Saturday, July 14, 2012

Too Loud? {Review}

Although I’ve been spending time with preschoolers this summer, I frequently think about my middle schoolers (crazy isn’t it?) and the beginning of the academic year in September. Recently, I have been trying to brainstorm potential tools and/or methods I can implement to improve management of my speech groups. In my earlier post I discussed the use of a stopwatch to help students become more independent in their time management abilities. That got me thinking about what can be done to manage students’ loudness. There have been frequent instances where I’ve had to remind excitable groups to “keep it down” or individual students to bring their voices down. One student, lets call him “Dennis”, has a very difficult time judging his vocal volume. Don’t worry, the first thing I checked was to see if he passed his audiological assessment, and indeed, he has. Consequently, his peers tell him to “stop yelling” or on occasion “shut up” (kids can be harsh). 

This brings me to today’s post. It is a free app called TooLoud? The developers advertise this app as a tool to assist in determining environments that are potentially harmful to your hearing. For a classroom teacher or clinician this provides a great visual that aids in student management of group or individual loudness levels. A numerical value measuring the decibel (dB) is displayed along with a live line graph and sliding bar that indicates the environmental increase/decrease in noise.

Live line graph provides real-time representation of noise

TooLoud? can be calibrated to establish a baseline, as it recommends you set its slider in a room that measures 25dB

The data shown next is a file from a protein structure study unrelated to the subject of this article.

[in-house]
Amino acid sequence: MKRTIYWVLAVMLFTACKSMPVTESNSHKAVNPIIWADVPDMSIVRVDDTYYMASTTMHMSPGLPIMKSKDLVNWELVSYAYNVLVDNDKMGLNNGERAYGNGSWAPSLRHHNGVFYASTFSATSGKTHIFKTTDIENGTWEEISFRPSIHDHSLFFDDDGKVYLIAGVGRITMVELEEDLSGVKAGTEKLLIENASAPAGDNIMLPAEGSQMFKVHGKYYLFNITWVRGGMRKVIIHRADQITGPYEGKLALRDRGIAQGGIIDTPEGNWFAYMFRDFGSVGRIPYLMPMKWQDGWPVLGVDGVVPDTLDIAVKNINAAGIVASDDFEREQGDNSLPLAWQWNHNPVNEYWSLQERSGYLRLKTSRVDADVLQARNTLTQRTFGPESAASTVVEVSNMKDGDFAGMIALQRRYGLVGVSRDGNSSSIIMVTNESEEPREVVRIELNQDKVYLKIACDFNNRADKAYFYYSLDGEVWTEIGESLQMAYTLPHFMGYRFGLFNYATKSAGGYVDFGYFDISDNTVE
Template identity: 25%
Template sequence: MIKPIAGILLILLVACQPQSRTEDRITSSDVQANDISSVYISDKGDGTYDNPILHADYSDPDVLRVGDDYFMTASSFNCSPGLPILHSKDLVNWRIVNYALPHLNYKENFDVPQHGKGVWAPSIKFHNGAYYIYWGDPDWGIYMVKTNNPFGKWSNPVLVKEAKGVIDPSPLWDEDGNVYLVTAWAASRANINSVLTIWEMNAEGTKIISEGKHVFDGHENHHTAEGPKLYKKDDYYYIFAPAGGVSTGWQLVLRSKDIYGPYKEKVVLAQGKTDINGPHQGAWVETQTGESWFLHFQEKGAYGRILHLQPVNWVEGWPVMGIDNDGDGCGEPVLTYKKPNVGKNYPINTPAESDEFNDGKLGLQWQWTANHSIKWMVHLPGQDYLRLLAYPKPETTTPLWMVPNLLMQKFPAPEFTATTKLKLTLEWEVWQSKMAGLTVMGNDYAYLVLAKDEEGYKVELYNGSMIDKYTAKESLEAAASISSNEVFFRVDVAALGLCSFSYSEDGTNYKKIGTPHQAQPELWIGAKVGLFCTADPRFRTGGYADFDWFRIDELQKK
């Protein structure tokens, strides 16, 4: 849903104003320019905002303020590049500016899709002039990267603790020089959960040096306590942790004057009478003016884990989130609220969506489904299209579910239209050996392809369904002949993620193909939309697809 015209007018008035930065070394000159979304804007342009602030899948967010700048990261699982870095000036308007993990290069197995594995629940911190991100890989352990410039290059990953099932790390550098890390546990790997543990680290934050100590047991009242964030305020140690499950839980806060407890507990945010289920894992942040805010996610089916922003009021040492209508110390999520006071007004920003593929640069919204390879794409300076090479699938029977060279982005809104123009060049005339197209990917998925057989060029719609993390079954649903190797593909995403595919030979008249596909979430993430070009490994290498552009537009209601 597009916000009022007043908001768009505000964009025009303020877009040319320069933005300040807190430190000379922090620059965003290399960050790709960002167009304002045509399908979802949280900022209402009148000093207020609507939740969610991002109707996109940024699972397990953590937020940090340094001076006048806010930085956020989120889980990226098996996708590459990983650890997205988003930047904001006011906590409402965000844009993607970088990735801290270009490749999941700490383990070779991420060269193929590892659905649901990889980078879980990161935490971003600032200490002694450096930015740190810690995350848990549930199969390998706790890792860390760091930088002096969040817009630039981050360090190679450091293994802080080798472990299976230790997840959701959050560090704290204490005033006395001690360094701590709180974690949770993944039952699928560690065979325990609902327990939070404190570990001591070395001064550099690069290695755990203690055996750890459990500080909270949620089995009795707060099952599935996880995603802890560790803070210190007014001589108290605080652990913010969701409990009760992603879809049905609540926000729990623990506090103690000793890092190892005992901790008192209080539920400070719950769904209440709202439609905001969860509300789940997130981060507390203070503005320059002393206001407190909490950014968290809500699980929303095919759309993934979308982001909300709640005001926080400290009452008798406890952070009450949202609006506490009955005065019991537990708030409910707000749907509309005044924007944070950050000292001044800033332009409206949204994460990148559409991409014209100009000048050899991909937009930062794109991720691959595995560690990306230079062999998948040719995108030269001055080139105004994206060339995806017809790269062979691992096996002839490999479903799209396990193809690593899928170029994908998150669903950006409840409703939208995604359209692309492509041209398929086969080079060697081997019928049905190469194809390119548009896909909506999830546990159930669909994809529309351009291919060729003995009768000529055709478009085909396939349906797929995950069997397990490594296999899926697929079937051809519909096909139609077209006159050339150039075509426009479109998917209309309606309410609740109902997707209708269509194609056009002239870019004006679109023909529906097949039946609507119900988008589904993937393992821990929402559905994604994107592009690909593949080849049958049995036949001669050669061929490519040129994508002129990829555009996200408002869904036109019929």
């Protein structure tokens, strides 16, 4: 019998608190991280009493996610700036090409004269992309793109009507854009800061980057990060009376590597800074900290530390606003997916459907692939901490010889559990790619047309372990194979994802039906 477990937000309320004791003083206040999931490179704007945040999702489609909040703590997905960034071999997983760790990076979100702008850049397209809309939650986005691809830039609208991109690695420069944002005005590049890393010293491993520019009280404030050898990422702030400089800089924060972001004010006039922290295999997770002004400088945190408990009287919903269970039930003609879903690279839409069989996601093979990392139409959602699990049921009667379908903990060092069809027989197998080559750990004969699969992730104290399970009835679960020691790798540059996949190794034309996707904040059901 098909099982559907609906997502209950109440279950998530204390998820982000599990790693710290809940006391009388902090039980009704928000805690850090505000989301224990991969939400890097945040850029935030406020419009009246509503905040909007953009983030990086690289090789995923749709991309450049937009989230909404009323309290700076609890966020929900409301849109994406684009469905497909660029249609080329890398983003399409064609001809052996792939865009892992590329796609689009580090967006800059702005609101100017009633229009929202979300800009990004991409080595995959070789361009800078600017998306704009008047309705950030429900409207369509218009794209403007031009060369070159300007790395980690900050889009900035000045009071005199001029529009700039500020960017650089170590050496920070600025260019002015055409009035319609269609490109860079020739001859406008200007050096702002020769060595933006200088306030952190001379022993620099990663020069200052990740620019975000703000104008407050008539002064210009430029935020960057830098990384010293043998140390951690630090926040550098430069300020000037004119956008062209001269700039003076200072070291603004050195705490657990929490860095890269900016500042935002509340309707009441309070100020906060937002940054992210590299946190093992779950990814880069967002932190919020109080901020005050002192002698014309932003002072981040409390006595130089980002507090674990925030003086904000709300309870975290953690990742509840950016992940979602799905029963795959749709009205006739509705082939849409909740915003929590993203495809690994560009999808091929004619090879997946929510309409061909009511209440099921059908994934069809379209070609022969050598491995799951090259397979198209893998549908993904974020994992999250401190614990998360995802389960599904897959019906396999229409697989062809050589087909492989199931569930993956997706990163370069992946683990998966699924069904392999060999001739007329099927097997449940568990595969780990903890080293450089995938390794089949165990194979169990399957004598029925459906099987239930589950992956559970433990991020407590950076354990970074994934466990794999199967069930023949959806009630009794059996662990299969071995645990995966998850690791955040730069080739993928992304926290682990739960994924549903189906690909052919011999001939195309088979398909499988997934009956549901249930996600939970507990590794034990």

The app prompts you to calibrate in a silent room

Levels of loudness that are deemed “dangerous” or too loud are indicated by a red line graph and bar. Additionally, a warning will appear on the screen.

When the app detects it is too loud, red will appear, along with this warning

To serve as motivation, I plan on offering a reward to individuals or groups who are able to stay out of the “red” for the duration of their therapy session. TooLoud? can also be used to have students “catch” or point out when their peer is in the red.

Not only do the visuals provided by this app help students to monitor and manage their own loudness, but they serve to increase their awareness about noise in general. After using this a few sessions my hope is that “Dennis” and his peers will be more cognizant of not only their loudness, but safe listening habits

App Compatibility:

TooLoud? is available for download to the iPad, iPhone, or iPod touch. For those of you have a projector in your possesion, the iPad can be easily connected and projected onto a screen/wall. Unfortunarely, I have an Android operating system on my phone and am unable to access this app on it.  I guess I’ll be using my iPad for now!


  1. Great IDEA!! Thank you for sharing! :)

  2. This was the complaint of my son's teacher this school year, along with "He's in everyone's face", "He touches the students", etc. They did not realize he was a CODA (Child Of Deaf Adult) and for 8 years of his life, I have repeated told him, "Speak up" "Come here so I can see what your lips are saying" "Touch me to get my attention" etc... You get the idea. They went from diagnosing him as special needs, to working with what is acceptable communication with Mom is different with what is acceptable at school and other social gatherings. Sometimes there is more to the story. Great that you are observant to have the child's hearing tested right away!

  3. You are right, there is usually more to a story. You actually go me thinking...When the school year starts back up, I will contact this student/parent and inquire as to whether "Dennis" is in the presence of someone who is hard of hearing. Thank you!

    1. You're quite welcome! We were asked to come and give presentations to all eight second grade classes on deafness and Sign Language for Helen Keller week.. :-) It helped my son with his friends once they learned "why" he was this way, and they were excited to learn some signs, too.

  4. So cool! I can also see how this could be easily adapted to help people INCREASE their volume levels, too. (Could be a great visual aid for people with voice disorders or children with assertiveness difficulties.) Thanks for sharing!

  5. Thank you speechie! There are def. a lot of possibilities with this app. I'm so glad it was free!


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